Dendroaspis polylepis comes from the Latin Poly for “many” and lepis, meaning “scales” – many scales. This refers to the high scale count this species has. Surprisingly, this was the last mamba species to be described. It was described by Albert Günther, in 1864, from a skinned animal collected on the Zambezi River in Mozambique. These large agile snakes are usually a grey to olive or brown in colour, sometimes with a darker tail and some barring along the tail section. They are not usually black in colour, although older snakes are often darker in colour and in some regions of Namibia we see darker coloured individuals. The inside of the mouth is inky black and is gaped open when the snake feels threatened. These snakes are well adapted to savannah regions of Africa, being comfortable in trees and on rocky outcrops. In many areas they end up in villages or houses, usually hunting rodents or birds. When confronted, these snakes are reactive and defensive, standing their ground, lifting their head off the ground and often forming a partial hood before striking out and biting. If cornered these snakes are known to bite multiple times in rapid succession. A subspecies, Dendroaspis polylepis antinorii, was described by Wilhelm Peters in 1873 from Ethiopia. It has since been synonymised and is not accepted as a subspecies. It has been suggested that the isolated west African population may be a separate species or at least subspecies, but this required further research.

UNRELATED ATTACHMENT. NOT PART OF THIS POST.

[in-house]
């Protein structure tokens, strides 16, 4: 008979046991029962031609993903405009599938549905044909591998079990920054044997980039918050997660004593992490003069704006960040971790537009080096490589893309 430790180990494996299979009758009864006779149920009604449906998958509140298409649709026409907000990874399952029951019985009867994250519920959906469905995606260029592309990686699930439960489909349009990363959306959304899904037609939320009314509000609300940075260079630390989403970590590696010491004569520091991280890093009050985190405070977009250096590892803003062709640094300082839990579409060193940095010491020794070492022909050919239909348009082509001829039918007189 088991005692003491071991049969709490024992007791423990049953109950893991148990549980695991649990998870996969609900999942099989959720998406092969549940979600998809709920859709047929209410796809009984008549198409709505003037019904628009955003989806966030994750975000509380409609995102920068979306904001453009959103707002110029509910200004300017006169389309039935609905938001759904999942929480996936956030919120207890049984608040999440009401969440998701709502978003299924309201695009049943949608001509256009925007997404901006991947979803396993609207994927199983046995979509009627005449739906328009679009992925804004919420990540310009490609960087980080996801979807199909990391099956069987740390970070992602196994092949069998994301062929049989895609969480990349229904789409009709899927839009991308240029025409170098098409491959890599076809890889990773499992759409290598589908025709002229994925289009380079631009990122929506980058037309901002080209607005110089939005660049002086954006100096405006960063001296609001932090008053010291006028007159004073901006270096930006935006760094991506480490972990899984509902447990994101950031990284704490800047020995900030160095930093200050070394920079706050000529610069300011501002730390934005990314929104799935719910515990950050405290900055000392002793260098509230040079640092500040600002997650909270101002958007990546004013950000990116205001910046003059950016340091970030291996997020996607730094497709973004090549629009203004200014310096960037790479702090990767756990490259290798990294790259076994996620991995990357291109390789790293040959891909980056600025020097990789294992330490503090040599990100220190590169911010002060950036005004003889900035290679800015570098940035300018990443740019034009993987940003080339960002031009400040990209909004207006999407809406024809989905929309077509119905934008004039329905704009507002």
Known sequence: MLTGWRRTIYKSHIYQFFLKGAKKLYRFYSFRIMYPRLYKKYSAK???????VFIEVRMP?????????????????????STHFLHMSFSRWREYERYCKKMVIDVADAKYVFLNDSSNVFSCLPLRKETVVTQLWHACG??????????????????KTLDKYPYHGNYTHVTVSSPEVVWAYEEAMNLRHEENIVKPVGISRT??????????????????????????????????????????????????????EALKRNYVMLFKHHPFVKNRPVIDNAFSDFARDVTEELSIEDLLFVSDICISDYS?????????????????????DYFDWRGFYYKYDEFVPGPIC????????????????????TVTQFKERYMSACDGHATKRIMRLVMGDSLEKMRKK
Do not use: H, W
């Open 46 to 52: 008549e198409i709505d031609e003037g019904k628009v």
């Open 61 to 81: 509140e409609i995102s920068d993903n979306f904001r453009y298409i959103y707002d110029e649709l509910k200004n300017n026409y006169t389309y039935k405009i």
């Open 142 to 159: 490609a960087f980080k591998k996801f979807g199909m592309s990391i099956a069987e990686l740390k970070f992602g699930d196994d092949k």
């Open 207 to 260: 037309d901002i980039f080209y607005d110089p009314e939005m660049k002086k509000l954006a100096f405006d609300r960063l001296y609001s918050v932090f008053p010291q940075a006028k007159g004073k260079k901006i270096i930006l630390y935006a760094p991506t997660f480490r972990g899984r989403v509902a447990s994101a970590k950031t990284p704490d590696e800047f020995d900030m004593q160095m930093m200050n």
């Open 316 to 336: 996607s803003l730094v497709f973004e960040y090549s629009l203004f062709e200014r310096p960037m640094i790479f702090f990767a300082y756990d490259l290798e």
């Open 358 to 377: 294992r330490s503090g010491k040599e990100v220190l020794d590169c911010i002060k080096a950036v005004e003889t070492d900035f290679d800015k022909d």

Black Mambas have the largest distributional range of all the mamba species.

Mambas are large, graceful snakes that generally avoid humans. Due to their shy nature, sightings of these snakes are special and provided there is some distance between the observer and the snake, are generally safe. However, if the snake feels threatened or cornered, it is advisable to back off. Handling mambas is a dangerous activity that requires a fair amount of experience. It is not advisable for beginner snake handlers to attempt to catch mambas. If you have a mamba in your house or property, use the free ASI SNAKES app and find an experienced local snake remover in the area to safely capture and relocate the snake.